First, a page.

Judge Nap on How Theater Shooter's Insanity Defense Puts Burden on Prosecution
The trial of confessed Colorado theater shooter James Holmes begins Monday.
Prosecutors say that Holmes, who is charged with killing 12 people and injuring 70 more in the July 2012 attack, was sane and will ask jurors to convict him and sentence him to death, while defense attorneys say that he is not guilty by reason of insanity.
Judge Andrew Napolitano shared insight on "America's Newsroom" on how this defense shifts a heavy burden of proof to the prosecutors.
"Not only do they have to prove that he did it, they have to prove beyond a reasonable doubt that he was sane," Judge Nap said. "That's the highest level of proof there is."
Judge Nap explained that if this case was taking place in a state like Texas, then the burden would be on the defense to prove that Holmes was insane.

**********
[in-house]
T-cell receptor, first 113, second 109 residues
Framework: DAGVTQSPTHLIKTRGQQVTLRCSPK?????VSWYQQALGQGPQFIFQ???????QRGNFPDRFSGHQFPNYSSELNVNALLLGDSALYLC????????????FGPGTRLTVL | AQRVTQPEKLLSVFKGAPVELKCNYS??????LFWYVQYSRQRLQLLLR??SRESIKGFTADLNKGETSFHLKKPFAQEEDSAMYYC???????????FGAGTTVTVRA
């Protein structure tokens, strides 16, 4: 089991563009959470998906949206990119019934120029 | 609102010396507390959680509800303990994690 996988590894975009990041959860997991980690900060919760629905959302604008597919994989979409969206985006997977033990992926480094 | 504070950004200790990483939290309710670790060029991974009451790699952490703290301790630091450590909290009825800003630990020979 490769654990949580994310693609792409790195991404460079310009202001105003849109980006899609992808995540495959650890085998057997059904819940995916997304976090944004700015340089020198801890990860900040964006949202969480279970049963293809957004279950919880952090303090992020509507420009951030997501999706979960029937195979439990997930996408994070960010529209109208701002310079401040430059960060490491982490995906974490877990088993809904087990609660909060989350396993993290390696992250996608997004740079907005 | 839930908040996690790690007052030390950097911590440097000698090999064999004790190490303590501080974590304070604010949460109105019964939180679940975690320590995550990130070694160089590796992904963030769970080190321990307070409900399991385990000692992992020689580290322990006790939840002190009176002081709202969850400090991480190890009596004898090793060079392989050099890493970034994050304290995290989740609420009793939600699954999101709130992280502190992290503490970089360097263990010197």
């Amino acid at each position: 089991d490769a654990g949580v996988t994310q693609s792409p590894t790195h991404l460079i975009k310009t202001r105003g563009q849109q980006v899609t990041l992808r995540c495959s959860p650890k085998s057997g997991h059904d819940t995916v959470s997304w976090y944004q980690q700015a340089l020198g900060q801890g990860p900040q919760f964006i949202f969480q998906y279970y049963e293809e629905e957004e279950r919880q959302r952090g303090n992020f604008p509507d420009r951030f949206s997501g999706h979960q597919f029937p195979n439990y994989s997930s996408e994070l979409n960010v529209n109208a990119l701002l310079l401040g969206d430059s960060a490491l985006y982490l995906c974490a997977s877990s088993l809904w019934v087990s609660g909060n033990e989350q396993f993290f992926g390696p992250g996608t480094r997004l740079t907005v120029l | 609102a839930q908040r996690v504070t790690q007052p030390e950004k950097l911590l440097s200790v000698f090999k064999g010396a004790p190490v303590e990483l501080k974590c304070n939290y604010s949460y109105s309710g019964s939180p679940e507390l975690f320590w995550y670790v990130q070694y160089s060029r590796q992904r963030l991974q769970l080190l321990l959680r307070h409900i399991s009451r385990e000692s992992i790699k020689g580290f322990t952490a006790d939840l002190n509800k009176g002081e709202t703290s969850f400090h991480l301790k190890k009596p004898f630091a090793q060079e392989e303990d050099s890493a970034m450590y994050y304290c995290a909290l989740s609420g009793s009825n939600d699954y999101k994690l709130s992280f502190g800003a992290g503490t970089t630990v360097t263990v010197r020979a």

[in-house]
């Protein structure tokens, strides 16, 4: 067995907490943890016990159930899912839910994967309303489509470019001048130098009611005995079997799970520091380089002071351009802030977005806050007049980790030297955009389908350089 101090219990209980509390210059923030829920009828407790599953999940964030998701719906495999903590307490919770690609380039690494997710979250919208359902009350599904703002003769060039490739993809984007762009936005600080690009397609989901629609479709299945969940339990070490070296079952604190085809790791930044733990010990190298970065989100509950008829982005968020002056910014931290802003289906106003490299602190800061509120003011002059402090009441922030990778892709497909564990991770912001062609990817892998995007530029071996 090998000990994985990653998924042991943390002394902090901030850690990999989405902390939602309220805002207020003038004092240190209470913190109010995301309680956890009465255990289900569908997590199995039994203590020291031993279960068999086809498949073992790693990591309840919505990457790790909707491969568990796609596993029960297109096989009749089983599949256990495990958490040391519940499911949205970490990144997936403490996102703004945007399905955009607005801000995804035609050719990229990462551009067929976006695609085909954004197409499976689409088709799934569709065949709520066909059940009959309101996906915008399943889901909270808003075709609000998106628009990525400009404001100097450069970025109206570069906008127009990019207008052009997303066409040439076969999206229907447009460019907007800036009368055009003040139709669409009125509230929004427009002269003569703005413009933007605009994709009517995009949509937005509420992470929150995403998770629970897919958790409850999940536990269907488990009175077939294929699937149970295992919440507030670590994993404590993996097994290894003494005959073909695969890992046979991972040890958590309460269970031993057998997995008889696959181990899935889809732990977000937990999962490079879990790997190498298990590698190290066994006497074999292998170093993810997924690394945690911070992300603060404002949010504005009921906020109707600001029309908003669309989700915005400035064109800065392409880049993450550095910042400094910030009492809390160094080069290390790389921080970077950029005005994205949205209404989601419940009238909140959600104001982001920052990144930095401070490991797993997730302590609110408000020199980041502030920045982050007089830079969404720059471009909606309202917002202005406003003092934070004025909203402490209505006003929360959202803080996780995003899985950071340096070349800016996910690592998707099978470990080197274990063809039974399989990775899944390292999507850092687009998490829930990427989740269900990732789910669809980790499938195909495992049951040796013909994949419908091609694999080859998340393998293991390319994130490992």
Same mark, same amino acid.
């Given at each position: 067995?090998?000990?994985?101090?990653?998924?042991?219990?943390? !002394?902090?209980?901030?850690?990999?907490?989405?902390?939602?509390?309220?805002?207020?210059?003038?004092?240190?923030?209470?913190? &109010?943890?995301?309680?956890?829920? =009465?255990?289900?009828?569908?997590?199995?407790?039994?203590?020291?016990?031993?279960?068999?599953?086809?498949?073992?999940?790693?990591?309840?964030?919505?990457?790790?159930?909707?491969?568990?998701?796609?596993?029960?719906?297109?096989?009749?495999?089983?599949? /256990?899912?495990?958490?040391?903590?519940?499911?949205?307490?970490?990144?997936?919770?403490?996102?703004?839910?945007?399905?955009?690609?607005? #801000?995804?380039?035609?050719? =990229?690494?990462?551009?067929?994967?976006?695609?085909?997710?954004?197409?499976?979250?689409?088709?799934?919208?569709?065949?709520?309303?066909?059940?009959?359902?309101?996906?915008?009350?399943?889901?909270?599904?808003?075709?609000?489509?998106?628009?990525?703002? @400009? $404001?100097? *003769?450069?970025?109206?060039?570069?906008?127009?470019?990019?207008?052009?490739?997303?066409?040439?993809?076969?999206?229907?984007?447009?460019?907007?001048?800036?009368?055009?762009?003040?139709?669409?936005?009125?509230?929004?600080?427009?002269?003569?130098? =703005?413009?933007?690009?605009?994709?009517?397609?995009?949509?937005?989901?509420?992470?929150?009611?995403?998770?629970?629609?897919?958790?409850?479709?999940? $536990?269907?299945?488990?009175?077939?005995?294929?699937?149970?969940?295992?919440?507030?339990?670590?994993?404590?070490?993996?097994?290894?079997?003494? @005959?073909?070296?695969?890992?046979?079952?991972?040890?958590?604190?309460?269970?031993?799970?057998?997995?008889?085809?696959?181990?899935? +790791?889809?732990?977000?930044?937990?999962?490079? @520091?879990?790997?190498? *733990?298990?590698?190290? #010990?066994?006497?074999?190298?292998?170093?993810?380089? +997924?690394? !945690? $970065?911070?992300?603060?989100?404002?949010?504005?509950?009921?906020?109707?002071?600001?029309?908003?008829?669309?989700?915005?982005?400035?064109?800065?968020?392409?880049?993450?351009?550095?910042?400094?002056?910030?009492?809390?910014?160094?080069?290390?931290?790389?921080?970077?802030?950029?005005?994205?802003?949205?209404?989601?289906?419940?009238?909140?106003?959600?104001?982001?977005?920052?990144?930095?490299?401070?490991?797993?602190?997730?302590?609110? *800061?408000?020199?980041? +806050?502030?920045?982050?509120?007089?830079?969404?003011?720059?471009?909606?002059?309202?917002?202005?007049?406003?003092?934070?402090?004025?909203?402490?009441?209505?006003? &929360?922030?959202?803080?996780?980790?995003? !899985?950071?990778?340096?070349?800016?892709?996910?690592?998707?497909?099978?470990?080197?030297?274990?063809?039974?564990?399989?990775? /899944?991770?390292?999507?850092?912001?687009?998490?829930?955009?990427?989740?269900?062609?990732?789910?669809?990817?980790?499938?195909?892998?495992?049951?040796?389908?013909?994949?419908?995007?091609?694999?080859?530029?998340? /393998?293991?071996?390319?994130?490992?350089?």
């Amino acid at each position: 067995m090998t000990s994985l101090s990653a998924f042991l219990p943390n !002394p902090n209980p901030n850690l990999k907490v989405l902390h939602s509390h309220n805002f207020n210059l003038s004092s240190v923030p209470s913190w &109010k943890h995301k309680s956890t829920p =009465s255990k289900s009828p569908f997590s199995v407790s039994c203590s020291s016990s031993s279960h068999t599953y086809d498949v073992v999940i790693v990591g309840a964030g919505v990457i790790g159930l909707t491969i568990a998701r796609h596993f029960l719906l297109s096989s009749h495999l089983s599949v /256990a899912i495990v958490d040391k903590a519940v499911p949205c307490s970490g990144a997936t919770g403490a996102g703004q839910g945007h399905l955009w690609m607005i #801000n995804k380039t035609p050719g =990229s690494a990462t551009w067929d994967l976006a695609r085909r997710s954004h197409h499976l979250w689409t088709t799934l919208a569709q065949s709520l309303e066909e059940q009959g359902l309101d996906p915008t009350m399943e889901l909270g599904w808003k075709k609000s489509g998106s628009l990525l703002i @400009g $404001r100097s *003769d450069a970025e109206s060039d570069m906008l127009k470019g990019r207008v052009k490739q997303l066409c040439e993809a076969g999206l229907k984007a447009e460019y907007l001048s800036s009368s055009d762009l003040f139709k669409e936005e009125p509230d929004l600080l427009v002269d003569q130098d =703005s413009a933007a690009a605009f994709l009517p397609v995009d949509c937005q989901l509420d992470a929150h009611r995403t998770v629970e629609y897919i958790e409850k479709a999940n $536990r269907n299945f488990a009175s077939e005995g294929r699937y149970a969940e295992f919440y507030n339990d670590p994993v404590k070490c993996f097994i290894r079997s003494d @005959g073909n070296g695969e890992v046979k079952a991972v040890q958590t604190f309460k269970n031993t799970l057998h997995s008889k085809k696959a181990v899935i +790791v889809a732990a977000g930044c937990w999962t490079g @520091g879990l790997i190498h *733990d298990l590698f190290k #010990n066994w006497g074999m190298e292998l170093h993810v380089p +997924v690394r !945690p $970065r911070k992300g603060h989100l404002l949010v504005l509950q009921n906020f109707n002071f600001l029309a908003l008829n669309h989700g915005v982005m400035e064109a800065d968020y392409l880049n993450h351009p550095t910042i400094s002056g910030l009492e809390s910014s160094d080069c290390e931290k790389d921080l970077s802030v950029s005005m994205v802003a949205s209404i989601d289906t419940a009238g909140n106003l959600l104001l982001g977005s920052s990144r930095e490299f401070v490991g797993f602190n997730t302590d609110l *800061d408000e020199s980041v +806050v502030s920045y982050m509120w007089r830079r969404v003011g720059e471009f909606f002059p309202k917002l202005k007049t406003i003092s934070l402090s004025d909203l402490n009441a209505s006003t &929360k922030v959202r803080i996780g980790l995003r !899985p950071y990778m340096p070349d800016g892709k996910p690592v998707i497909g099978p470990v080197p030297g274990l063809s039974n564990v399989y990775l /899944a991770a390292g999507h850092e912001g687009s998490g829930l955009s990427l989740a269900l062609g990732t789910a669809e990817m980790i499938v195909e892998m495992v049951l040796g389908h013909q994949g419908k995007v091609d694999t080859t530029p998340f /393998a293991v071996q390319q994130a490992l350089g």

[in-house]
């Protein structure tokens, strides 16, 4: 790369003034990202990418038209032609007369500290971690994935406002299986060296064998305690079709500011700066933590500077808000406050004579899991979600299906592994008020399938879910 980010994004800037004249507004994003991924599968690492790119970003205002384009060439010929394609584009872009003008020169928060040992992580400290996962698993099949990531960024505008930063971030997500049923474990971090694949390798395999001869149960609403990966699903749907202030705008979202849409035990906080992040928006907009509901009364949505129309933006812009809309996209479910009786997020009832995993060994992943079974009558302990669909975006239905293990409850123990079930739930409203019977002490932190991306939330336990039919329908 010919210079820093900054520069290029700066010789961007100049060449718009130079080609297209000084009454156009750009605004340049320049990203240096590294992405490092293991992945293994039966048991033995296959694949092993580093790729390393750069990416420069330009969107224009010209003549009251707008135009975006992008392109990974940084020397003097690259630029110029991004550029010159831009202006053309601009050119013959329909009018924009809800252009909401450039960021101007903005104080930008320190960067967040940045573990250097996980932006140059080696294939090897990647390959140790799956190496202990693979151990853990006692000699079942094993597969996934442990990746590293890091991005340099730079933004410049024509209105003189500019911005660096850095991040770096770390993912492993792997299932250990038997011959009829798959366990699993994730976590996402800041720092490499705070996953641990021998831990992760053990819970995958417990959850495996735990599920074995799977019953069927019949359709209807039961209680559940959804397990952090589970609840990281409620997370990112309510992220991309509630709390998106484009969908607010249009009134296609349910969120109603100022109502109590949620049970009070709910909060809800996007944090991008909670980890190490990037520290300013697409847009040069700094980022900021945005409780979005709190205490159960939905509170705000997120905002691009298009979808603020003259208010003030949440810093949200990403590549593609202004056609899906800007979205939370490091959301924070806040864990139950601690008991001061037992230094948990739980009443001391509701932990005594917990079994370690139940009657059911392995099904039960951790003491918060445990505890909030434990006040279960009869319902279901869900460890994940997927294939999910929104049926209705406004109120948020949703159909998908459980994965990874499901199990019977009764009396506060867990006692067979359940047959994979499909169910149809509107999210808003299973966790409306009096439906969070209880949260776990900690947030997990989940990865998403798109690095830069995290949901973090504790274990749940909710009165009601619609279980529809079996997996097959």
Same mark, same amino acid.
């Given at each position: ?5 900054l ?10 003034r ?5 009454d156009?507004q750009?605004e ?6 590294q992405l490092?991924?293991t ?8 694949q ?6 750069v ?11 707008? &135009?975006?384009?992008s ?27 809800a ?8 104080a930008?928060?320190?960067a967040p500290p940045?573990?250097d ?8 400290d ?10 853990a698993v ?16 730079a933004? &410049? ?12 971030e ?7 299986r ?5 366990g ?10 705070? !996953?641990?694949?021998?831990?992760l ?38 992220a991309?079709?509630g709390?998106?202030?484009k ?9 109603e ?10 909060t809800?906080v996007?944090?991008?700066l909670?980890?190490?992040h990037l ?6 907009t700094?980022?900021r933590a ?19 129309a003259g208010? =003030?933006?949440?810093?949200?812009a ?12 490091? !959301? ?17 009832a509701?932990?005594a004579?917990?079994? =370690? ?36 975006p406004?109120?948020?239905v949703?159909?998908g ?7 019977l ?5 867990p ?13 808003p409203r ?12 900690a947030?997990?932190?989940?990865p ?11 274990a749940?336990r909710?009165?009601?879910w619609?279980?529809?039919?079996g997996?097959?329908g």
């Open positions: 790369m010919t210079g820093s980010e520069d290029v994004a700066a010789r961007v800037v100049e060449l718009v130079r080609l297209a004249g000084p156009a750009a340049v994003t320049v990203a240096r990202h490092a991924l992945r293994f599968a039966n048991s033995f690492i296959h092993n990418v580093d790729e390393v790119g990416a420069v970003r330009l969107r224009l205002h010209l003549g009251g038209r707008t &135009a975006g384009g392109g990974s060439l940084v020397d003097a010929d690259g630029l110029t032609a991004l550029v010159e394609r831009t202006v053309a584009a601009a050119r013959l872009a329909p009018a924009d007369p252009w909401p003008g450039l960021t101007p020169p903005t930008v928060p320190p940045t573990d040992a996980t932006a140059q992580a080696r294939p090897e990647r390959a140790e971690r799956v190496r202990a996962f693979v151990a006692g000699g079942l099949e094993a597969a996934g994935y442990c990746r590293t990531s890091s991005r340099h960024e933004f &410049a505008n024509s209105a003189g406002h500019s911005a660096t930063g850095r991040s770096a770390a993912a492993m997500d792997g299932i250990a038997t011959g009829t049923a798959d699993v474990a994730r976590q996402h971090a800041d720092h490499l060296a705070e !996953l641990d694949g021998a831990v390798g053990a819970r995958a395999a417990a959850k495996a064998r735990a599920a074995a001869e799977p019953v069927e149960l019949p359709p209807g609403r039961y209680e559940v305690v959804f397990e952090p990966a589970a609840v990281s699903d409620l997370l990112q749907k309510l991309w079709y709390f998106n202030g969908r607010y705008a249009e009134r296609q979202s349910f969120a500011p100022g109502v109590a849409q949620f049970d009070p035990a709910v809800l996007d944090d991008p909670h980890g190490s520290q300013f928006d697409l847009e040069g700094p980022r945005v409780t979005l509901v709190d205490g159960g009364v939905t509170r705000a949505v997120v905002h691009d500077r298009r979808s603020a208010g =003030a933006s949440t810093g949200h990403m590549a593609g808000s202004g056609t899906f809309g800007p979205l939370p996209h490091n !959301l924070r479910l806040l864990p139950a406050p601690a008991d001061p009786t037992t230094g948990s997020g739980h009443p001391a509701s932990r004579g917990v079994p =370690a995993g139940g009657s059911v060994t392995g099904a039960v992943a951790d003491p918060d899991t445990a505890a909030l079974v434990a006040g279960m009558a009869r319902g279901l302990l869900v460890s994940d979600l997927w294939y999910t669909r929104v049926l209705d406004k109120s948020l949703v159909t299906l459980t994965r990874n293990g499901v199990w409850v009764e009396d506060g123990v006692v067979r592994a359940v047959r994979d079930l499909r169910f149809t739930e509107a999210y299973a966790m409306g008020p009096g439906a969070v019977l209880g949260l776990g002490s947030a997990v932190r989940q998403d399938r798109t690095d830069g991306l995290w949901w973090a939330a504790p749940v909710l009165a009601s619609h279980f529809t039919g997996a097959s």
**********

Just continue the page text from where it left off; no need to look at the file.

Judge Nap said that Holmes' offer to plead guilty by reason of insanity - and spend the rest of his life in a mental institution - has been rejected by the state because they want to execute him due to the horrific nature of his crimes.
"Legal insanity means a mental defect so strong and overbearing that he didn't know right from wrong," Judge Nap explained. "It's really a very, very difficult standard to put premeditated behavior into that box. And the more premeditated behavior there is, the easier it will be for the state to prove sanity."
Judge Nap revealed that the prosecution also faces another hurdle. If the jury rejects the insanity defense but believes that Holmes is "mentally deficient," then he will be sentenced to life in a mental institution.
"Something he has offered to do $7 million tax dollars ago, spent by the state of Colorado, which is also funding his defense," Judge Nap said.
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